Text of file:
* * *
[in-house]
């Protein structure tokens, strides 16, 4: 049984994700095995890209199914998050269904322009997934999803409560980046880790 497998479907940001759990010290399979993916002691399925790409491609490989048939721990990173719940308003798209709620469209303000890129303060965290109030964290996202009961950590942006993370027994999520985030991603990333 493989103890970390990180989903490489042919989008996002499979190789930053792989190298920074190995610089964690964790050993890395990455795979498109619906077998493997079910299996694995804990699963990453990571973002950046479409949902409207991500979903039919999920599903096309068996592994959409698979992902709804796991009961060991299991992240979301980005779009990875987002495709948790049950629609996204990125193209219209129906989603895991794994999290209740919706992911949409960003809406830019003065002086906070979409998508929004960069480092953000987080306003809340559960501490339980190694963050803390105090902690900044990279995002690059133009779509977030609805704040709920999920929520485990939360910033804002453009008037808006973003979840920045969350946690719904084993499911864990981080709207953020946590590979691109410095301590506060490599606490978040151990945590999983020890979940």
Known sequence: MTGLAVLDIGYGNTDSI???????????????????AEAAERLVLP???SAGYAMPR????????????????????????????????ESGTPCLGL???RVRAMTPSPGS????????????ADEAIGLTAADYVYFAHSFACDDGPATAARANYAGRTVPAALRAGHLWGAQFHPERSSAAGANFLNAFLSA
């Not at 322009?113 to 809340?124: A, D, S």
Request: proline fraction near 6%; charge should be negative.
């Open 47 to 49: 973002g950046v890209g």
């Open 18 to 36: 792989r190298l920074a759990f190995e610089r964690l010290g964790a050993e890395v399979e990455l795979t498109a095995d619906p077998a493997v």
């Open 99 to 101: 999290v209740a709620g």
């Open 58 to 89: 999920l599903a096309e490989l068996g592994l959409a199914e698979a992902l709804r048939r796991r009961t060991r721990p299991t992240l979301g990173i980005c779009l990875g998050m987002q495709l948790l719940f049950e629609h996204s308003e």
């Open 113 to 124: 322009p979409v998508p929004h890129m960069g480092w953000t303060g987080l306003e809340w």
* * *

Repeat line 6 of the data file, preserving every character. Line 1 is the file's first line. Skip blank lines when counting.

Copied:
């Open 47 to 49: 973002g950046v890209g």